The 2020 Elections
April 30, 2019 CNN Poll
by Marc Schulman
(12.16.2018)Traditionally the next presidential campaign begins the day after the midterms. We are now a month past the midterms, the results in all but one contest are known, and we are weeks away from the next Congress being sworn in. So reluctantly the time has come. I say that with a great deal of reluctance, since for the first time in the over 20 years that I have been editing this website I have not written a summary of the last election. I have felt all along that the definitive story of that election will have to wait until we have all the facts on possible collusion with Russia, and for that, we have to wait for the release of the Mueller report. Hopefully, that will happen in the coming months, and I will be able to put to bed the story of 2016(and release my updated book on Presidential elections). In the meantime, we cannot ignore the story of the 2020 elections.
The assumption at the moment is that President Trump will run for reelection. Whether he faces a primary challenge is an unknown at the moment. Of course, until the full extent of the Mueller investigation and its finding are known any assumption is dangerous.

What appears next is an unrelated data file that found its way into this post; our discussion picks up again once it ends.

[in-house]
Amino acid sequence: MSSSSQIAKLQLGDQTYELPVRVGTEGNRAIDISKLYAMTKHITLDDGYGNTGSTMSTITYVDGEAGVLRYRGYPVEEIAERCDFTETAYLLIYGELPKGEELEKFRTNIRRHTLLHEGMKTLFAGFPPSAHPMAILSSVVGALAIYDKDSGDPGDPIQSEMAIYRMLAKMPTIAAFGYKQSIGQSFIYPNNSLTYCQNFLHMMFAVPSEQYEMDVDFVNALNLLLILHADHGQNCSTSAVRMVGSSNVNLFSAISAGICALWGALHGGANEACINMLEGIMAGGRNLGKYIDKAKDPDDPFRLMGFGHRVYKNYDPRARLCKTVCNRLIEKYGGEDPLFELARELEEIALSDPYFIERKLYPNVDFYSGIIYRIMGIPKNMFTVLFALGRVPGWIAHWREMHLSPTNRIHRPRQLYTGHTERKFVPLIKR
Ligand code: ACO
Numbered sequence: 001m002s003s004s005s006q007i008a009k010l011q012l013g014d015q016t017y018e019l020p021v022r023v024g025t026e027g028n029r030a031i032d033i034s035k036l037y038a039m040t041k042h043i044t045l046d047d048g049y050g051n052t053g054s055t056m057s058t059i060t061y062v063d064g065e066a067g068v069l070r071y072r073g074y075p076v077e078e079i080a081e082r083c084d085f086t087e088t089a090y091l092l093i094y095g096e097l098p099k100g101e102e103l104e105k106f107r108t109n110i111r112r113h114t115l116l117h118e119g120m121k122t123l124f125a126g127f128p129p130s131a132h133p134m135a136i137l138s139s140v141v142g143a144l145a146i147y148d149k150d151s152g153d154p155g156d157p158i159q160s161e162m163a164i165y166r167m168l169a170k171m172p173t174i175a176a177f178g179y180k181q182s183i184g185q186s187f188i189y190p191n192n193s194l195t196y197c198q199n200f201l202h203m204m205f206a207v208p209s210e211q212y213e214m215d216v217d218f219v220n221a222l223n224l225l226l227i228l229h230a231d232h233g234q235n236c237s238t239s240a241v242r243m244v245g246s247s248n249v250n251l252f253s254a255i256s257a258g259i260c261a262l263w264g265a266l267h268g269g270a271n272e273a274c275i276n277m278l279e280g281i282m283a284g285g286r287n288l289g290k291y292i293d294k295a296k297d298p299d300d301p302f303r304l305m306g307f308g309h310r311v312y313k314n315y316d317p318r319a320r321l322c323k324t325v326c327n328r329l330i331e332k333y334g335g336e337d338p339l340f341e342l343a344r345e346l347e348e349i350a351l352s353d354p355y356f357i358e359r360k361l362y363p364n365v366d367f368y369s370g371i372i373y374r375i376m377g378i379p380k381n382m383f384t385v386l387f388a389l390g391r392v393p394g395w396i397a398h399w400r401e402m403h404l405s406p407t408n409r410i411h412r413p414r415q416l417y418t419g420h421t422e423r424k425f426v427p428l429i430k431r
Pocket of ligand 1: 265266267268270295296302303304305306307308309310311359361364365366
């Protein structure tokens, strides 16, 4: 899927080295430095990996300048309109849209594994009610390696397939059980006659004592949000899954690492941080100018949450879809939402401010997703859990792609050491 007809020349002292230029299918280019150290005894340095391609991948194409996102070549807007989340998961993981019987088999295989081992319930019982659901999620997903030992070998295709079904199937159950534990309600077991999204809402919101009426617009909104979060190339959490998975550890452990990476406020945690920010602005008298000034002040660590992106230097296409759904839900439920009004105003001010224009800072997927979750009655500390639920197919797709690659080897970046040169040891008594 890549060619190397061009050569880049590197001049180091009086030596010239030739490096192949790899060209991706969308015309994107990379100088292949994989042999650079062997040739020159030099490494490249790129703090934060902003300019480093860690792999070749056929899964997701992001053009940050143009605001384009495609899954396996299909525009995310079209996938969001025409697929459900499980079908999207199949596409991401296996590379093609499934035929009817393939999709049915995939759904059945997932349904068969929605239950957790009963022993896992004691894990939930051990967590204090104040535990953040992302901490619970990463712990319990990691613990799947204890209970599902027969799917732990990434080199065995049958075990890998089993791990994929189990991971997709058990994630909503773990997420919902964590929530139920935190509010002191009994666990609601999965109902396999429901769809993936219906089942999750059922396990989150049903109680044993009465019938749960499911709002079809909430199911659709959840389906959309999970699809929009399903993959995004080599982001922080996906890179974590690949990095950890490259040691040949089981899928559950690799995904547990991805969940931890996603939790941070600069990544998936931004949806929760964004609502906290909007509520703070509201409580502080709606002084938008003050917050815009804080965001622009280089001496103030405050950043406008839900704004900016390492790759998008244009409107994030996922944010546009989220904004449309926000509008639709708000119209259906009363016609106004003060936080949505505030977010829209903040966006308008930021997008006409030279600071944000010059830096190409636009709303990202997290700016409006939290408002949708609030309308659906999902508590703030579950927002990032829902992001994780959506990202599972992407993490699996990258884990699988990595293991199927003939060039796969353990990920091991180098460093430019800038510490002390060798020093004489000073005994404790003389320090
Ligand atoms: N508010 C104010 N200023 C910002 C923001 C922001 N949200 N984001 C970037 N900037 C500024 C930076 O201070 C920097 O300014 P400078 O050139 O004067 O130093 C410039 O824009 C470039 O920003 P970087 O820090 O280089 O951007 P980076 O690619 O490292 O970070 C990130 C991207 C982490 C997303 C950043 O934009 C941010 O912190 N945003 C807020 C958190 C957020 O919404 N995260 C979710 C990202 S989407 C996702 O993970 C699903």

On the Democratic side there is an unprecedented number of candidates. Below you will find two polls that have been released, on a CNN national poll and the second the first Iowa poll of potential caucuses attendees. These early polls are really about name recognition. The two top contenders in the polls have both run national campaigns and are well known to democratic voters. The third candidate Beto O’Rouke received an inordinate amount of coverage in his run to replace Ted Cruz in Texas. It seems if he had won, he would have become the clear Democratic front-runner, but he lost which should have dented some of the enthusiasm for him.
The conventional wisdom is that there will be a significant fight in the democratic party between the pragmatic politicians and the so-called progressives. I am not convinced. The policy differences between the two groups when it comes to domestic affairs is minimal. The language may differ, with terms like socialism being bandied about, but they have very little connection to real policy differences. Some of the disagreements on foreign affairs may be more substantial, but foreign affairs rarely determine American presidential elections.
We are a little less than 23 months from the next Presidential elections, these past two years have been anything but boring, the following two promise to be riveting.